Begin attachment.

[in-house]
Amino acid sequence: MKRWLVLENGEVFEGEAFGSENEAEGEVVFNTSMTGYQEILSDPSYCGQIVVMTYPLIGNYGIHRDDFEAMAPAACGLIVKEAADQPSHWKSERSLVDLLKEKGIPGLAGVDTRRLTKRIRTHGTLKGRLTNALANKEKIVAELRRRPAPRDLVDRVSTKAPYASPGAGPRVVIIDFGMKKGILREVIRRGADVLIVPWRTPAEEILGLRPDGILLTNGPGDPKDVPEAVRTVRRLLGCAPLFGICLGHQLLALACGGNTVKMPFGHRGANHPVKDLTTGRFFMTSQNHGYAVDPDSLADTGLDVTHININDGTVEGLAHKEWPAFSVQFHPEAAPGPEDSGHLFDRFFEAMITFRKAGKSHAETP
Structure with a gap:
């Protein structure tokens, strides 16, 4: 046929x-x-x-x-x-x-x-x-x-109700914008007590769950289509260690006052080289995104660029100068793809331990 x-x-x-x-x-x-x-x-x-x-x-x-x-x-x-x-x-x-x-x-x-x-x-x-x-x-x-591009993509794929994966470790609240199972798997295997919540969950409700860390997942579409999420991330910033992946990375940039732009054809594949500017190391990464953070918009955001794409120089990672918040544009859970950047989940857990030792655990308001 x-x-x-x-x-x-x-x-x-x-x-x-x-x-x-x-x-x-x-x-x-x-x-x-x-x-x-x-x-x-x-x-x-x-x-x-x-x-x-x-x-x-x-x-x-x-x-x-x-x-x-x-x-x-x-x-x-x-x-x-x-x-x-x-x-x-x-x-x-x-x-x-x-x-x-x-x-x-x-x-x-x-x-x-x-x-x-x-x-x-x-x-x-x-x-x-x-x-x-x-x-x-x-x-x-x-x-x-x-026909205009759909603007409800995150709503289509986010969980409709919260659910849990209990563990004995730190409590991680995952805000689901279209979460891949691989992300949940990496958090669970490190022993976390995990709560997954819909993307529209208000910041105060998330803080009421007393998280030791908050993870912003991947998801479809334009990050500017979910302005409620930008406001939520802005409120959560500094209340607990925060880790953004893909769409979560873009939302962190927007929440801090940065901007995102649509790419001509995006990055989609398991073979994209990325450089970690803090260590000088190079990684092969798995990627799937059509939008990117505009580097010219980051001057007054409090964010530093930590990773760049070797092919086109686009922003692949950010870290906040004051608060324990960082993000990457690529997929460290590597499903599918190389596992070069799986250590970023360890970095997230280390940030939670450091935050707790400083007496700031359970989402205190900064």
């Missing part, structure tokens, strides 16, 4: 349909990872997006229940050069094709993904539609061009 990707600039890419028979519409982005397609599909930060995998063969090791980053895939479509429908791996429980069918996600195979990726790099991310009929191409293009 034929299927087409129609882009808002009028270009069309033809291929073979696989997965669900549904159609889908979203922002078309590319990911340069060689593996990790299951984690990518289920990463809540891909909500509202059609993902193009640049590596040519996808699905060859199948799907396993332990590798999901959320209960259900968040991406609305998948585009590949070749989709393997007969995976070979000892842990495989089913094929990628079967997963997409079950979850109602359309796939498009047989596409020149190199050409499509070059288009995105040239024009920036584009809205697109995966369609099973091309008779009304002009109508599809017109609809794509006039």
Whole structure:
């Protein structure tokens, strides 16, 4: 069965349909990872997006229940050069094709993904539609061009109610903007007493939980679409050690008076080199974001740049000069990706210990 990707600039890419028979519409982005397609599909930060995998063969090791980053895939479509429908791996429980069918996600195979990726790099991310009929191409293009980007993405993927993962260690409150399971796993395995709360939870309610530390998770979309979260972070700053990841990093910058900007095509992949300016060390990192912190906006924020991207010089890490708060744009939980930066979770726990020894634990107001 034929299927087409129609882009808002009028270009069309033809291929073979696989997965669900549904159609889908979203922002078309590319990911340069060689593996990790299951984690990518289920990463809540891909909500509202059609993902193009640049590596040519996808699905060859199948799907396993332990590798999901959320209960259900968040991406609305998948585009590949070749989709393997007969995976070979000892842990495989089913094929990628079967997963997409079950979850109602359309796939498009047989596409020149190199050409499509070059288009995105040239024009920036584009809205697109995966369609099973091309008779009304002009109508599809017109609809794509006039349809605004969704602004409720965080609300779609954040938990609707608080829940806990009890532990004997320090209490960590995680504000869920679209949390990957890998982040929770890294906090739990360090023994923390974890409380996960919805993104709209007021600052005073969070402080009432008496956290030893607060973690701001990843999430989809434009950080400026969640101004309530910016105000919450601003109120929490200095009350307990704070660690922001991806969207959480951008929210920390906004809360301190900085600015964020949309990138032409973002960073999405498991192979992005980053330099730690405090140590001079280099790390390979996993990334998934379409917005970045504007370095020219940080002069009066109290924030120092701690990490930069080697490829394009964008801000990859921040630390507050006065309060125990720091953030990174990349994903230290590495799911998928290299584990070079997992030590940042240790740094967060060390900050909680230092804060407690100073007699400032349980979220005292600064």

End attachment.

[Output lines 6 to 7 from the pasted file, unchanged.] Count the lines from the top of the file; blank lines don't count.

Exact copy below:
Whole structure:
């Protein structure tokens, strides 16, 4: 069965349909990872997006229940050069094709993904539609061009109610903007007493939980679409050690008076080199974001740049000069990706210990 990707600039890419028979519409982005397609599909930060995998063969090791980053895939479509429908791996429980069918996600195979990726790099991310009929191409293009980007993405993927993962260690409150399971796993395995709360939870309610530390998770979309979260972070700053990841990093910058900007095509992949300016060390990192912190906006924020991207010089890490708060744009939980930066979770726990020894634990107001 034929299927087409129609882009808002009028270009069309033809291929073979696989997965669900549904159609889908979203922002078309590319990911340069060689593996990790299951984690990518289920990463809540891909909500509202059609993902193009640049590596040519996808699905060859199948799907396993332990590798999901959320209960259900968040991406609305998948585009590949070749989709393997007969995976070979000892842990495989089913094929990628079967997963997409079950979850109602359309796939498009047989596409020149190199050409499509070059288009995105040239024009920036584009809205697109995966369609099973091309008779009304002009109508599809017109609809794509006039349809605004969704602004409720965080609300779609954040938990609707608080829940806990009890532990004997320090209490960590995680504000869920679209949390990957890998982040929770890294906090739990360090023994923390974890409380996960919805993104709209007021600052005073969070402080009432008496956290030893607060973690701001990843999430989809434009950080400026969640101004309530910016105000919450601003109120929490200095009350307990704070660690922001991806969207959480951008929210920390906004809360301190900085600015964020949309990138032409973002960073999405498991192979992005980053330099730690405090140590001079280099790390390979996993990334998934379409917005970045504007370095020219940080002069009066109290924030120092701690990490930069080697490829394009964008801000990859921040630390507050006065309060125990720091953030990174990349994903230290590495799911998928290299584990070079997992030590940042240790740094967060060390900050909680230092804060407690100073007699400032349980979220005292600064």